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Kangaroo Island


As you head towards Cape Jervis along the west coast of the Fleurieu Peninsula, KANGAROO ISLAND (locally referred to as KI), only 13km offshore, first appears behind a vale of rolling hills. Once you’re on the island, its size and lack of development – there’s only one person for every square kilometre – leave a strong impression. This is actually Australia’s third-largest island (after Tasmania and Melville Island, north of Darwin), with 450km of spectacular, wild coastline, and so takes some time to explore. To see all the island’s unusual geological features and wildlife habitats, you’ll need at least three days, though most people only visit the major attractions on the south coast – Seal Bay, Little Sahara, Remarkable Rocks and Flinders Chase National Park.

Although the island is promoted as South Australia’s premier destination for tourism, it’s still very unspoilt; only in the peak holiday period (Christmas to the end of Jan, when most of the accommodation is booked up) does it feel busy. Once out of the island’s few small towns, there’s little sign of human presence to break the long, straight stretches of road that run through undulating fields, dense gum forests and mallee scrub. There’s often a strong wind off the Southern Ocean, so bring something warm whatever the season, and take care when swimming – there are strong rips on many beaches. Safe swimming spots include Hog Bay and Antechamber Bay, both near Penneshaw; Emu Bay, northwest of Kingscote; Stokes Bay, further west; and Vivonne Bay, on the south side of the island.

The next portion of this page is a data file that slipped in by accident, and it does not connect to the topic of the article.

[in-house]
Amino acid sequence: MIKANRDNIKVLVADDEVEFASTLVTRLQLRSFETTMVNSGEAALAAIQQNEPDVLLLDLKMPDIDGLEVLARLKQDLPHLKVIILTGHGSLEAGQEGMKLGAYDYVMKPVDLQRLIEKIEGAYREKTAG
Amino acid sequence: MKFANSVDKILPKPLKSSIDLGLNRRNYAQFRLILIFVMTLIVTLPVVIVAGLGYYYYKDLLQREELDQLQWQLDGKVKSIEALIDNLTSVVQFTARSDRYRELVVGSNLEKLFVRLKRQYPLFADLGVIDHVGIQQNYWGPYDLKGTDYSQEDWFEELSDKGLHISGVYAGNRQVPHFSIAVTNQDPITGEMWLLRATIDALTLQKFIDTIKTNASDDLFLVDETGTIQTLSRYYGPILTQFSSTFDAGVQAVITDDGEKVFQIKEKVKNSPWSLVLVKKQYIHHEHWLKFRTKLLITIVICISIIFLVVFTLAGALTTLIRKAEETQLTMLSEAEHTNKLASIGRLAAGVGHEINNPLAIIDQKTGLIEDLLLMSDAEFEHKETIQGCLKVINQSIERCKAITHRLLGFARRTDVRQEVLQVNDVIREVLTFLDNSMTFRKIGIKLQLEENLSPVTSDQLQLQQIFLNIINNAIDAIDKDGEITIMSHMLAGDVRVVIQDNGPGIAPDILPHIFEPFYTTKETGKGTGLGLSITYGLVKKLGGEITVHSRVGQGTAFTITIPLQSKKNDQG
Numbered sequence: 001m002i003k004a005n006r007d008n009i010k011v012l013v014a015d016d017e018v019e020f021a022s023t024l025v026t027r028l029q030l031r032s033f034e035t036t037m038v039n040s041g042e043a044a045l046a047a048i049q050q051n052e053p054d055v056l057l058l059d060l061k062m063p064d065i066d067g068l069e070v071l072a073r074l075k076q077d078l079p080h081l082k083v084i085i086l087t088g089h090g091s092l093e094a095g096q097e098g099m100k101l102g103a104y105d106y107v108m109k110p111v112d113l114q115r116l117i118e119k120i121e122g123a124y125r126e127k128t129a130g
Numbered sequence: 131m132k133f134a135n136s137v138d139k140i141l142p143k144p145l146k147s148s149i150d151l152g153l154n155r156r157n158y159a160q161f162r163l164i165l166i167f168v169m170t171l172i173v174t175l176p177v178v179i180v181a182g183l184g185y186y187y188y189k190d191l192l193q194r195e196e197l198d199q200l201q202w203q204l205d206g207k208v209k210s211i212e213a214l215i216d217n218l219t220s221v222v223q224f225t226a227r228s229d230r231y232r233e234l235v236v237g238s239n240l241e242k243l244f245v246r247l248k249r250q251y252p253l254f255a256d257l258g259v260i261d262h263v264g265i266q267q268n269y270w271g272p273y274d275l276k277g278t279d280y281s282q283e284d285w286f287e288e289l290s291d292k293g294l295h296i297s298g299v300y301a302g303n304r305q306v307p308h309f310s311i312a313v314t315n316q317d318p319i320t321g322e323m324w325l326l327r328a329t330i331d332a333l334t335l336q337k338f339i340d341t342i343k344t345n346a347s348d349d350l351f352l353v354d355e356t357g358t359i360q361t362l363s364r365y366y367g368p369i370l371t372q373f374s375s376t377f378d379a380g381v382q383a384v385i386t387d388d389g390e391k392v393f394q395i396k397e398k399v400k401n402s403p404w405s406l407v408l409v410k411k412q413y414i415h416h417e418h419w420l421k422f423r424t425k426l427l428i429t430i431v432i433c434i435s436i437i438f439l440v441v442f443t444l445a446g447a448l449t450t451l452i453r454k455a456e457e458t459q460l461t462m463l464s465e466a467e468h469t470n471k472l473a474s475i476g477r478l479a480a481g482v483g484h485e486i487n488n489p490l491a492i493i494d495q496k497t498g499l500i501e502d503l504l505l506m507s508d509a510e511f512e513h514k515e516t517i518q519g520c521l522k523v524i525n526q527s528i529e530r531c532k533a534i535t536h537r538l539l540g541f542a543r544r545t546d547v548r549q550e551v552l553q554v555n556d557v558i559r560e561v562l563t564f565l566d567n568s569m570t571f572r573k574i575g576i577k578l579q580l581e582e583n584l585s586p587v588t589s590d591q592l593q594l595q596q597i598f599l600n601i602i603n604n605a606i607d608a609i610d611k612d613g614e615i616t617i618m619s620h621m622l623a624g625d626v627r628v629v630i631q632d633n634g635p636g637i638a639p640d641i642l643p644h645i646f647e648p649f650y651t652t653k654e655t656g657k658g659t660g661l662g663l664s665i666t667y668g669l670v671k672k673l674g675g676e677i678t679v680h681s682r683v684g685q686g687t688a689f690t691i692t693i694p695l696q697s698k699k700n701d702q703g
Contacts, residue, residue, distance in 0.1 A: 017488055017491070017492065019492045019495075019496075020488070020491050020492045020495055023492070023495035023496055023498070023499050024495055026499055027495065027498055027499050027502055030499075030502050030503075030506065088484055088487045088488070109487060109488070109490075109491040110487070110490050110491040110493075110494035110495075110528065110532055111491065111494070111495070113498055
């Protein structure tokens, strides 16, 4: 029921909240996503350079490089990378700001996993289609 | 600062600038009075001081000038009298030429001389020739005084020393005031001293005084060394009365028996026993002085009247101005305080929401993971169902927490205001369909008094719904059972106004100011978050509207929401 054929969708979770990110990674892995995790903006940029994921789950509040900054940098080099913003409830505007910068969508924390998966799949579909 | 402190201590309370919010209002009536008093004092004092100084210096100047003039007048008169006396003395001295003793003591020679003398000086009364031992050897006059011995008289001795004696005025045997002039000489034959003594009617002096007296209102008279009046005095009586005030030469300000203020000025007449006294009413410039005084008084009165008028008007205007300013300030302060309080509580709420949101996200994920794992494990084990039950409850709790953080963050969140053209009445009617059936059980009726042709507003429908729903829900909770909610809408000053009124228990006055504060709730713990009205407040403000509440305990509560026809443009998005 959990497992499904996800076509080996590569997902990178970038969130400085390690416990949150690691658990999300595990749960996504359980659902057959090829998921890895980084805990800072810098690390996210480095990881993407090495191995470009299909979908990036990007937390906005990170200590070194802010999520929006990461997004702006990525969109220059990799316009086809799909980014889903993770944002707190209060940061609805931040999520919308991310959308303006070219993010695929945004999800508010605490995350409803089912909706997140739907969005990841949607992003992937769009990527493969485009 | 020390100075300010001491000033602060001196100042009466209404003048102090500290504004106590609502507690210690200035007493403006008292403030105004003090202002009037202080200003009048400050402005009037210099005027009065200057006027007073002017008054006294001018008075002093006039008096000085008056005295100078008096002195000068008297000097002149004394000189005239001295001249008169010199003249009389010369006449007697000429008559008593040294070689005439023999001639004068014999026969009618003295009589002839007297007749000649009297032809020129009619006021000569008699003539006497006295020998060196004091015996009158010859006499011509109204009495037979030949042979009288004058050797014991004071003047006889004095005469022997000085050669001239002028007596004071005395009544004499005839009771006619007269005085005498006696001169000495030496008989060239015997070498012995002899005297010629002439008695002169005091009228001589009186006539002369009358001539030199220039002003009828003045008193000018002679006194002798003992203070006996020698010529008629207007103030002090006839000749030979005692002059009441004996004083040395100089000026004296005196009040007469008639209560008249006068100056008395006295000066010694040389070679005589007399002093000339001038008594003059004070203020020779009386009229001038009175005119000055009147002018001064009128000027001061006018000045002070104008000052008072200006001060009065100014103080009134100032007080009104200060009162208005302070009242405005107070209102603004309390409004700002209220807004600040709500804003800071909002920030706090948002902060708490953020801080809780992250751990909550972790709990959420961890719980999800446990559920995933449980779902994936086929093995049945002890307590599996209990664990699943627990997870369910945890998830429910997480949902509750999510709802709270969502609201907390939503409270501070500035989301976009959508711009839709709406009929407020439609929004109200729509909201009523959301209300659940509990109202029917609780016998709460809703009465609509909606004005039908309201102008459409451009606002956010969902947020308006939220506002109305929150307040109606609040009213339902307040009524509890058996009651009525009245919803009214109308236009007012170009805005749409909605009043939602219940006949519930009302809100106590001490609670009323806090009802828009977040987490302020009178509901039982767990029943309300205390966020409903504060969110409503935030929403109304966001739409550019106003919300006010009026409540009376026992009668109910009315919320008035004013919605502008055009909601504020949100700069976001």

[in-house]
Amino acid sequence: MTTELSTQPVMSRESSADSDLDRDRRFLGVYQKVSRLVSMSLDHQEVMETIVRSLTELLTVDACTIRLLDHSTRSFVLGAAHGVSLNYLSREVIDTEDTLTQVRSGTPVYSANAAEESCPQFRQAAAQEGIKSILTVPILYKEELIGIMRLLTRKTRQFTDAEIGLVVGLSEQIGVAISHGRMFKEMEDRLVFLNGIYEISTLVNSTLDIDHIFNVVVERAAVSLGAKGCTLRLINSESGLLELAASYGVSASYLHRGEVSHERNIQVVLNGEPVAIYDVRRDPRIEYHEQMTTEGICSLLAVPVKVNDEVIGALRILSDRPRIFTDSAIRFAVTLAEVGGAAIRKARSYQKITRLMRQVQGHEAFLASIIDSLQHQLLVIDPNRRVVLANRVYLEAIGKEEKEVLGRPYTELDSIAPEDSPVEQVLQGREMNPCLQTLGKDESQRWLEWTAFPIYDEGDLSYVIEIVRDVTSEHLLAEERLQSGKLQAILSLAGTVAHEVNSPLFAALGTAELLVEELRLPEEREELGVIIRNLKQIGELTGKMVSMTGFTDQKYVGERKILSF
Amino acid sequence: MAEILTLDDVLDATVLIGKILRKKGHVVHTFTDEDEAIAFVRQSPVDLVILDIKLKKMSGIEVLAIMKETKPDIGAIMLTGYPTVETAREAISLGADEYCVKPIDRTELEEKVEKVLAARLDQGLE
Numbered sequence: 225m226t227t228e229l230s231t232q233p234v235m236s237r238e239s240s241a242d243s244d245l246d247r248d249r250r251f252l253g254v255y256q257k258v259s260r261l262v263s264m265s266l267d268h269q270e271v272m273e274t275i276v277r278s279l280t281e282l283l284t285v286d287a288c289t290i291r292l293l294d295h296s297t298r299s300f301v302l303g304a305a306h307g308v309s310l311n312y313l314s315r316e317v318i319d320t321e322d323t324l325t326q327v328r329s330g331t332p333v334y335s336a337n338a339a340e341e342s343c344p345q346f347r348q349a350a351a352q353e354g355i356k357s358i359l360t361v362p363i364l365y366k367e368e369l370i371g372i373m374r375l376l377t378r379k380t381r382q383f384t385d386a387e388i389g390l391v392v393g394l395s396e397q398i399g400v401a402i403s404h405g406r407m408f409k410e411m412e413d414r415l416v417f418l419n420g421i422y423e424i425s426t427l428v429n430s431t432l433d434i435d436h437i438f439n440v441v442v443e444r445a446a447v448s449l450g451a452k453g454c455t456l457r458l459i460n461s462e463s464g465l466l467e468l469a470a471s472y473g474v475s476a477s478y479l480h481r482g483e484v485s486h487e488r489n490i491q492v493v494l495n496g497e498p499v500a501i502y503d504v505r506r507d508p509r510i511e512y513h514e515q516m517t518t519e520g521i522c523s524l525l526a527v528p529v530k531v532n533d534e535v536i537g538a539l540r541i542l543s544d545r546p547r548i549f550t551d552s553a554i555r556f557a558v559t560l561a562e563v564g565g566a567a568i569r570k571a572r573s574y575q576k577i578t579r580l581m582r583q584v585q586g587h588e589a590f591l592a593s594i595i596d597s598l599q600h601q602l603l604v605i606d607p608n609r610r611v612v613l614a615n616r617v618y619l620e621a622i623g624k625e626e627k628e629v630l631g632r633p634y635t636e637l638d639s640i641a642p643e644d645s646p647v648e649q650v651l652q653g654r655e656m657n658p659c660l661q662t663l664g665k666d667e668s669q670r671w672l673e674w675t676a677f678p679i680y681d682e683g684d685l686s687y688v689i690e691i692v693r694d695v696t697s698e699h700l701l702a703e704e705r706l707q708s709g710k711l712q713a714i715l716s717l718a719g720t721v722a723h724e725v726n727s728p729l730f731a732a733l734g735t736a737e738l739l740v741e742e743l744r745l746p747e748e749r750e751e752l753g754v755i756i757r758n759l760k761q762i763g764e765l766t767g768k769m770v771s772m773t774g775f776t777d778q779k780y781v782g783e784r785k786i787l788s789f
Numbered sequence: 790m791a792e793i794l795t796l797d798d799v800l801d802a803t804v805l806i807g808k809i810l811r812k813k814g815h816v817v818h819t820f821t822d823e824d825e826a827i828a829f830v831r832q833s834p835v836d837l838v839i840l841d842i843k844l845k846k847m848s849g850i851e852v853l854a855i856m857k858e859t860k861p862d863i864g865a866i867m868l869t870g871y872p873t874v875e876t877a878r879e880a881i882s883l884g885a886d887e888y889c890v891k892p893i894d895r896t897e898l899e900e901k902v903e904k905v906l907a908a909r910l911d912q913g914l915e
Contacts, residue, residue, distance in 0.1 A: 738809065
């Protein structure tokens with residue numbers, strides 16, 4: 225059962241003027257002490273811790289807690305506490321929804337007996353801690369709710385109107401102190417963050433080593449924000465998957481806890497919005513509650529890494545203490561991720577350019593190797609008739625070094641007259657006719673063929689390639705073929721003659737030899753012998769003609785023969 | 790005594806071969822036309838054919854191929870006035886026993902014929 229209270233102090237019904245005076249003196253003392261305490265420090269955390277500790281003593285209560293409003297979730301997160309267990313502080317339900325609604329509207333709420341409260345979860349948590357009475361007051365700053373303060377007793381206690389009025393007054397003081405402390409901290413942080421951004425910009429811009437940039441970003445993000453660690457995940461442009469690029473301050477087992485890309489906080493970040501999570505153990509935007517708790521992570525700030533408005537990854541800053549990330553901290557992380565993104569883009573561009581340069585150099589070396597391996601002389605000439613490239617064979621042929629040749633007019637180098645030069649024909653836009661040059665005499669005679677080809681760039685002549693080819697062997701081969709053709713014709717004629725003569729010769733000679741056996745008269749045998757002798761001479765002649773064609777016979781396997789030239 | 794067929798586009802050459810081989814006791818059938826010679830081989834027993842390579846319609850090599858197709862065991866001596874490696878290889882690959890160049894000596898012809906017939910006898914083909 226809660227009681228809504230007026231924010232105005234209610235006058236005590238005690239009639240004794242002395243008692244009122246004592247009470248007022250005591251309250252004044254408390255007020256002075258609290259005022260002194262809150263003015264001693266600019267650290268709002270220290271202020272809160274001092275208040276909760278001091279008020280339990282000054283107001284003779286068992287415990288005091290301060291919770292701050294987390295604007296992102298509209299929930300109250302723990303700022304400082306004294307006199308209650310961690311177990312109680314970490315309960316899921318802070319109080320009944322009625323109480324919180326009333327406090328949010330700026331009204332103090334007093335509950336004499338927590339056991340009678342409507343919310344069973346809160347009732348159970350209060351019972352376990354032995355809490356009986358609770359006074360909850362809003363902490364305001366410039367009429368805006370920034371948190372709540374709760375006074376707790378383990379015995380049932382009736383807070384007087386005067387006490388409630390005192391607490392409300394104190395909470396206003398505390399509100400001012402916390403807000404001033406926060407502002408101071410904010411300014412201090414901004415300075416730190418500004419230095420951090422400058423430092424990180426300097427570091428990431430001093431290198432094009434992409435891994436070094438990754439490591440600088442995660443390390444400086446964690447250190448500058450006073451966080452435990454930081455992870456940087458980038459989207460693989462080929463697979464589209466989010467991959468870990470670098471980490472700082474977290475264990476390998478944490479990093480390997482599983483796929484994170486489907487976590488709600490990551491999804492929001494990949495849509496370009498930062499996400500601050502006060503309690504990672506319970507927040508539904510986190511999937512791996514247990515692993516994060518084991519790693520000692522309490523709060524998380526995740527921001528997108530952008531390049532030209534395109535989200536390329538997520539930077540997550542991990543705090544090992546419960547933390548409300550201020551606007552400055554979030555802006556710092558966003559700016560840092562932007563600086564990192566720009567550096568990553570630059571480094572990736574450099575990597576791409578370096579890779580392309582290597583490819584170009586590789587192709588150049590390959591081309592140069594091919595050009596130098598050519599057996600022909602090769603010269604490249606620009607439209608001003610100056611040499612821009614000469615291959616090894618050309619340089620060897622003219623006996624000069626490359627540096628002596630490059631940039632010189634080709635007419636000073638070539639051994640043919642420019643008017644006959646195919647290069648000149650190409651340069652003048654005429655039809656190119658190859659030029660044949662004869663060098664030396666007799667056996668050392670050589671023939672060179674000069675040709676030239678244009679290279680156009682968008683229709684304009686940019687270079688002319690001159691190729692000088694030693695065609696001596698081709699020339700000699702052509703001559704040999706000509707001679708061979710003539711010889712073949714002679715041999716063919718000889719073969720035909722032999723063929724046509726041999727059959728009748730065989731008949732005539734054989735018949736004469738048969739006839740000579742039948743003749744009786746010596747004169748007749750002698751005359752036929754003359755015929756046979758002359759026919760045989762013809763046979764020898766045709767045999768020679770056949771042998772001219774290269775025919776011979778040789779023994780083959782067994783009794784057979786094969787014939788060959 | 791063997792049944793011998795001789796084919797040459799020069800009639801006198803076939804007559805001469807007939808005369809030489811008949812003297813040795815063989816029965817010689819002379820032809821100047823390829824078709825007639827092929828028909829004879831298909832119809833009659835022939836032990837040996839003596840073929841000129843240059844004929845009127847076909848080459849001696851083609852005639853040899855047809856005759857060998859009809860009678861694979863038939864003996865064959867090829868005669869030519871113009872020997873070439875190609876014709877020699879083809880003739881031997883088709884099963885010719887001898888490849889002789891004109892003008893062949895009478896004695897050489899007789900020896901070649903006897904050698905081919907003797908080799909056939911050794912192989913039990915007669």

A third of Kangaroo Island is protected in some form, and is consequently one of the best places in Australia for wildlife spotting; there’s an astonishing range of animals here, including kangaroos, koalas, echidnas, platypuses, Little penguins, fur seals, sea lions and, in passing, southern right whales. The island is also home to over two hundred other species of birds, as well as snakes, some of them venomous.

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